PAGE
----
Come on, you can do this.
She jumped, stomach knotted thinking that her feet would miss the ledge and her weight would make her slide down the muddy ravine. Maybe the adrenaline helped, as she didn’t even notice the tight grip of a gloved hand catching her arm. Bardan pulled her to her feet and they started walking, or running again.
It was cold, dark, and humid because she was sweating. But mostly it was dark and Runa relied on vague shadows to avoid bumping comically into a tree. She felt so unprepared for this kind of night hike. Luckily her clothes and boots were holding together, credits well spent. Thinking of her gear took her mind off her pain and the will to just stop, admitting defeat. It made her realize that in a twisted way she was like her female coworkers that loved shopping.
Her brother seemed to be doing fine, even though he was breathing heavily as well. Not seeing people complain made her feel very lonely.
Their Mandalorian guide slowed down at last, and then she saw in the starlight that his chest plates were heaving. When he spoke, she heard his panting. There was a living, mortal man in there.
“They have patrols going around but we’re just out of range. You’ll be able to see the lights from here soon.”
Runa sipped water from the tube of her camelback pouch, happy that they were walking again. Walking was easy, on bumpy or flat terrain she could walk all day. But then she would need a protective suit with more belt pockets. Yes, she would fancy some armor, too.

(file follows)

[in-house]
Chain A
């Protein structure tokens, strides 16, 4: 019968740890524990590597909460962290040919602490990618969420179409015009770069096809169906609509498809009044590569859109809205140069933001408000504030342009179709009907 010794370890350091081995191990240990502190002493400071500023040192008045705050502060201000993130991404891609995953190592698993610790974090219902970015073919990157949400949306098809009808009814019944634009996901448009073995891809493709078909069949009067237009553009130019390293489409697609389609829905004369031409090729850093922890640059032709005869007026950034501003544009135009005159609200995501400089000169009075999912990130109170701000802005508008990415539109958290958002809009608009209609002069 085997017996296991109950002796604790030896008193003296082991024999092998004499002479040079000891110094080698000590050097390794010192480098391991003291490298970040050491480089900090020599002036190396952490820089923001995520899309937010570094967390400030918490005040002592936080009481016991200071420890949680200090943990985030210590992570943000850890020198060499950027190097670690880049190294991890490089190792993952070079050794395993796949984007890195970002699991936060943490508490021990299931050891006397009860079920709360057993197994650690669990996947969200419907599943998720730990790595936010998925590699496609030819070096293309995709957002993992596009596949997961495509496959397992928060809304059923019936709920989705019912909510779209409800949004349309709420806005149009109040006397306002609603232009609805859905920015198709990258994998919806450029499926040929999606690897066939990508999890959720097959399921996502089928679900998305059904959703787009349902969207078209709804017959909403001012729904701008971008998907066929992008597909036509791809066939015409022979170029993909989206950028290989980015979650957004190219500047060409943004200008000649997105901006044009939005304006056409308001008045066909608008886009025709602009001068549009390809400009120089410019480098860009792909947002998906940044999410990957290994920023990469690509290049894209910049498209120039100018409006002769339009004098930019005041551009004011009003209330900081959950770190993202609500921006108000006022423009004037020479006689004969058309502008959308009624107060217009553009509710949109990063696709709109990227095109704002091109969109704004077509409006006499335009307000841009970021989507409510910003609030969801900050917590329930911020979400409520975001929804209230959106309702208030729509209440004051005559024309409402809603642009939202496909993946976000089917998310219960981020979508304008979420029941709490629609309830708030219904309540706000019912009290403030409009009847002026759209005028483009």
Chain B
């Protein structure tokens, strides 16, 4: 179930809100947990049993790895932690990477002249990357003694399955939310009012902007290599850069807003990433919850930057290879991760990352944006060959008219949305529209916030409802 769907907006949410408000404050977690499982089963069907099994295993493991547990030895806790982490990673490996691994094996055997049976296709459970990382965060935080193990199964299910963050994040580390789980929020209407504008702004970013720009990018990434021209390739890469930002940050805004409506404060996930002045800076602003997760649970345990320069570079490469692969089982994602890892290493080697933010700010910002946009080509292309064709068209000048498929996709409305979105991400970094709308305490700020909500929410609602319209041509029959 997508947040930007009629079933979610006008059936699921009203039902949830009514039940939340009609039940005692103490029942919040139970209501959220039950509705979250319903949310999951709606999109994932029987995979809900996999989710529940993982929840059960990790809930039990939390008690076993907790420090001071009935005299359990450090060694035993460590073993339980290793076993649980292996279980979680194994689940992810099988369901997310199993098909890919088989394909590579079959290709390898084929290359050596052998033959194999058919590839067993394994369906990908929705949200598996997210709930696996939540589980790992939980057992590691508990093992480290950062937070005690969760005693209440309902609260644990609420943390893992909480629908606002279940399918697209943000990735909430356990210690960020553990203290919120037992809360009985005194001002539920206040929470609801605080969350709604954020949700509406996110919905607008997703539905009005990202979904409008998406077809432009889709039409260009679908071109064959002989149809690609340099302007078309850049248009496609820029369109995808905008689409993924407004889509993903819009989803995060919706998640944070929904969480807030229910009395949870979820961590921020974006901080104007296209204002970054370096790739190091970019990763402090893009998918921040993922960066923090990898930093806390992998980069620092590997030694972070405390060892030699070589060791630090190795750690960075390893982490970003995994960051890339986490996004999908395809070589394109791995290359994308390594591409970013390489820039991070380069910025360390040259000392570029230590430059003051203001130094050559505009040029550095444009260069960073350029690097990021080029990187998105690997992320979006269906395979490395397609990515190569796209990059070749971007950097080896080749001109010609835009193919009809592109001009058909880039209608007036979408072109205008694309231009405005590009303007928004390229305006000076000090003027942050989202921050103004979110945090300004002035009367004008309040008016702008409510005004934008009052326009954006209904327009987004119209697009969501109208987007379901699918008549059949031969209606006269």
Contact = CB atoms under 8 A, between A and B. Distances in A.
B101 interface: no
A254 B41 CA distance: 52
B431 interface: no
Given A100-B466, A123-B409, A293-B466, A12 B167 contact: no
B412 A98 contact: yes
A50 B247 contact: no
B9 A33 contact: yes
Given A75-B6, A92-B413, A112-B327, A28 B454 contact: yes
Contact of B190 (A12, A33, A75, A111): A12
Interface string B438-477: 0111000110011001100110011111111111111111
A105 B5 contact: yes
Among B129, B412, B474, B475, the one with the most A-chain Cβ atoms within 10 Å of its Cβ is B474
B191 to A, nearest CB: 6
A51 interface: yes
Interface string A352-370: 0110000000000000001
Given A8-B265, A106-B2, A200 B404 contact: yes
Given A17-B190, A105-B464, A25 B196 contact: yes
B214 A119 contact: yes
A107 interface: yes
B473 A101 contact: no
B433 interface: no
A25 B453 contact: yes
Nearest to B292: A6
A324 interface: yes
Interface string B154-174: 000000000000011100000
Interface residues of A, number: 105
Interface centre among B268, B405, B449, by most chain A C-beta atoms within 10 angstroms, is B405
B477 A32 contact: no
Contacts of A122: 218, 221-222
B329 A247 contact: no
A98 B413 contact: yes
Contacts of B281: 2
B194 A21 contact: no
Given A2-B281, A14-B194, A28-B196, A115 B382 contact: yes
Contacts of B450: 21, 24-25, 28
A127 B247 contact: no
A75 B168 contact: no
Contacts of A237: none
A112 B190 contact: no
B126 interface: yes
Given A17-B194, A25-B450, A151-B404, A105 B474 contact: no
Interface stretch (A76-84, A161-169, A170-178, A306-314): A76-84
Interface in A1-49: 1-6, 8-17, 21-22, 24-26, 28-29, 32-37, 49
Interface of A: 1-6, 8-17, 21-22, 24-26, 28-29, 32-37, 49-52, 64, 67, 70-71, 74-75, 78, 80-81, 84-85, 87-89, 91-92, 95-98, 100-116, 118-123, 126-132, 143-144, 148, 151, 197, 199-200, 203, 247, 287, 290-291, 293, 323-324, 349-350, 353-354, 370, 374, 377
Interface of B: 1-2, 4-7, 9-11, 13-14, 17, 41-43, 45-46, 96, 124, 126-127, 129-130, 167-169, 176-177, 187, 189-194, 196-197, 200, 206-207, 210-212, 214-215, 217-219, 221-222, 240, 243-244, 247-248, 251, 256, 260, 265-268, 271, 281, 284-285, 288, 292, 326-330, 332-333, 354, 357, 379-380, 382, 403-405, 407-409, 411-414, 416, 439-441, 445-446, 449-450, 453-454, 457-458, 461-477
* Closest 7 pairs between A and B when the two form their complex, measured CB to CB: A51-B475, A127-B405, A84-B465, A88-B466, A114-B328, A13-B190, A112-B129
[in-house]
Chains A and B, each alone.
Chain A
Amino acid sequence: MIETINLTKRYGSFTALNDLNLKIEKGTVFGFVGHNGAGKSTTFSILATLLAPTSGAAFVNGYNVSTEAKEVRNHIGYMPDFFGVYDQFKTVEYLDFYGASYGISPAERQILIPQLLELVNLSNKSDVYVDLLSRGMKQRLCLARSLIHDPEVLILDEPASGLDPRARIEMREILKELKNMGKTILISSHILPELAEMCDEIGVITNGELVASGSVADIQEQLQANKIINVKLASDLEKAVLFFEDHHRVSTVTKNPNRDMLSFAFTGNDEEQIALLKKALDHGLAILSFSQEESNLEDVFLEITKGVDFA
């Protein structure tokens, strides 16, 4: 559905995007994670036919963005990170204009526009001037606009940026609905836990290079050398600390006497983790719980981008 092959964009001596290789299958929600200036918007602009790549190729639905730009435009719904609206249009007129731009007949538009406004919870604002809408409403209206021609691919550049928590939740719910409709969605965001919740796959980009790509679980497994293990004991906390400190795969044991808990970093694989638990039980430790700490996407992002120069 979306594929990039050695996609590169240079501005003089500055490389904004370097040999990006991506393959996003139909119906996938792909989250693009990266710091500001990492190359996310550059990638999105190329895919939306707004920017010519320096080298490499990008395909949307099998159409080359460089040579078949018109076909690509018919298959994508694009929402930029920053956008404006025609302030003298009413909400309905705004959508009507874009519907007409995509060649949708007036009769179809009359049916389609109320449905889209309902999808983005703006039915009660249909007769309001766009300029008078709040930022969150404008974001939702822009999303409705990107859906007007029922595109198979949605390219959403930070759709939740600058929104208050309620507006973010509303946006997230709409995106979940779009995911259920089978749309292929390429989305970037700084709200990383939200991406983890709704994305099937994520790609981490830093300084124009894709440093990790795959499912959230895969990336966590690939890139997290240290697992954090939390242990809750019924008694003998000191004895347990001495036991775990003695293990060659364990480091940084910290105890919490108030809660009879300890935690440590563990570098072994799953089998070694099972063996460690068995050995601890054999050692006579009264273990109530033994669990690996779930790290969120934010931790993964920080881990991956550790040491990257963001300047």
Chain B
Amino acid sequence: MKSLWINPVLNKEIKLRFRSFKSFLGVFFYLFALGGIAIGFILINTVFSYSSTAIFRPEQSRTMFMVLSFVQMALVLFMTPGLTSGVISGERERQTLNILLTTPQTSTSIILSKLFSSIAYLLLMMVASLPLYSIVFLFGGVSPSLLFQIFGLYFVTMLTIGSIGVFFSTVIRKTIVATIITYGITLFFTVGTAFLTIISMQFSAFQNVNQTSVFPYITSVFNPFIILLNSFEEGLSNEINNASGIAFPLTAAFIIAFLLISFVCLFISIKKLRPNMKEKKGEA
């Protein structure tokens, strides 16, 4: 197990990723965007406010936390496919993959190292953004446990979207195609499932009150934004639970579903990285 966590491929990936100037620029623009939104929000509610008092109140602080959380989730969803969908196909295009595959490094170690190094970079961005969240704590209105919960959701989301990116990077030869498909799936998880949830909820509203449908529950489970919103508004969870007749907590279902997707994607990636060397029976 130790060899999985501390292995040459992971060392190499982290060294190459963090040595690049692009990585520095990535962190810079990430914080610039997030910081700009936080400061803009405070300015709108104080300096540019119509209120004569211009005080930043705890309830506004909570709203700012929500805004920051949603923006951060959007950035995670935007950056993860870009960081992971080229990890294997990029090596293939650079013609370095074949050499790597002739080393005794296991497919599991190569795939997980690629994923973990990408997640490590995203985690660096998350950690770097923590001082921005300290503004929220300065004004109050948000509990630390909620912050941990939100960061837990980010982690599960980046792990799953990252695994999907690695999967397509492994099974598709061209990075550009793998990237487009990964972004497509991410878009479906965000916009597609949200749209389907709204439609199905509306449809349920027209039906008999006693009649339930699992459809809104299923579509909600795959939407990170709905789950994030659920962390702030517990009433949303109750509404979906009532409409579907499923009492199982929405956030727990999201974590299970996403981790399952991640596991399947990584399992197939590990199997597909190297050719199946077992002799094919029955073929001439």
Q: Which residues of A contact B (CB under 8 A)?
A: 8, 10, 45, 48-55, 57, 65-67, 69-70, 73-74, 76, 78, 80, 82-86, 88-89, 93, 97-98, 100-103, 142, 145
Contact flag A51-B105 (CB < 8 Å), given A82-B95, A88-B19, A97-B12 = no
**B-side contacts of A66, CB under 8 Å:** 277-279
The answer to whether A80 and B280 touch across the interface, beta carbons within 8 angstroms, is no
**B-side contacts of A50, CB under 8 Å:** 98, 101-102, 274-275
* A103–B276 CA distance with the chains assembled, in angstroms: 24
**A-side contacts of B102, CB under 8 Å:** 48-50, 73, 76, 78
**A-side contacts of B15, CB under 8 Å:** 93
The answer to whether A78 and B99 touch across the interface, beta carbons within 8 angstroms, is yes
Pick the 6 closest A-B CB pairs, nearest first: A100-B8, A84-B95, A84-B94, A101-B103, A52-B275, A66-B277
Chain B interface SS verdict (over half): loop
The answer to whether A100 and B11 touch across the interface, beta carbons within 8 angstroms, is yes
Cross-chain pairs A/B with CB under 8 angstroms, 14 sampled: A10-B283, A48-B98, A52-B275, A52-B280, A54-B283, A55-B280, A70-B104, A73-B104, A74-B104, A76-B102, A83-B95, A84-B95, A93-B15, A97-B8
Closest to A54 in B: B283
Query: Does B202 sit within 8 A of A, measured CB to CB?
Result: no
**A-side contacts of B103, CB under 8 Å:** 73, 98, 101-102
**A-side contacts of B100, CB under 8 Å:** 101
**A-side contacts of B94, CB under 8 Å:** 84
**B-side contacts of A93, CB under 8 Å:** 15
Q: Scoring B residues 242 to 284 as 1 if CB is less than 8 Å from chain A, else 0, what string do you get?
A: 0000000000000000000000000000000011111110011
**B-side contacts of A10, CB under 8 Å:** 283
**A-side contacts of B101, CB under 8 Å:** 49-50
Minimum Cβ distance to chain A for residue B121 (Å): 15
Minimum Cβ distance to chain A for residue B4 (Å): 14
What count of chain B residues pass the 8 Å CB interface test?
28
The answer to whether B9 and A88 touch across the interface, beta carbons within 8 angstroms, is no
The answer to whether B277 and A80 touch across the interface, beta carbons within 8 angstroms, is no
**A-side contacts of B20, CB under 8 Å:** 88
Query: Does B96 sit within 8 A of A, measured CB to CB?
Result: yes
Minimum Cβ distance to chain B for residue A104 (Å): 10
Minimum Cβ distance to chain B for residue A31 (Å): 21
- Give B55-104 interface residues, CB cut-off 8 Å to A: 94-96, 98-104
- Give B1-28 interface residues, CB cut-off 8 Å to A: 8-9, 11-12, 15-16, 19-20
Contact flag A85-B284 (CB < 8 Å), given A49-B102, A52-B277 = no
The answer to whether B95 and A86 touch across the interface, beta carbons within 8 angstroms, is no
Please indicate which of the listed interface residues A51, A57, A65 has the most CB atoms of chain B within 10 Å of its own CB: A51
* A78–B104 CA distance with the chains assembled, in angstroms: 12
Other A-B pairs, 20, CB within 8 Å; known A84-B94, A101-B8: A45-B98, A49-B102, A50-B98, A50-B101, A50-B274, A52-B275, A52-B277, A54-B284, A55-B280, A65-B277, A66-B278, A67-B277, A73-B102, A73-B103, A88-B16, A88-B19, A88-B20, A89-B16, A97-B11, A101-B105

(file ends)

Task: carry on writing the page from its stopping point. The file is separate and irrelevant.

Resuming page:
The woods they were crossing became less thick as they progressed towards the edges. Bardan came to a halt and got down on one knee. Devik and Runa crouched at his level to stare out in the horizon. She saw the buildings and towers, circled by high walls of permacrete. Blinking air-signaling lights and artillery canons yelled “military complex”. It was too far away to spot any units on foot. And so her gaze lifted up in the sky because it was fully sprinkled with bright stars. There were so many that it made her head spin.
“I say that’s a real military base, with Imps,” Devik said with an ironical tone. “Let us call an air strike.”
“Sadly these are mostly clone personnel.” Bardan held up his rifle, a modified Verpine precision rifle with its mounted scope and sturdy build, and aligned the sights with his T-visor for a magnified view of the base. “You haven’t seen them in the capital because Shysa, our Mandalore aka. ambassador, has agreed on certain terms with their general.”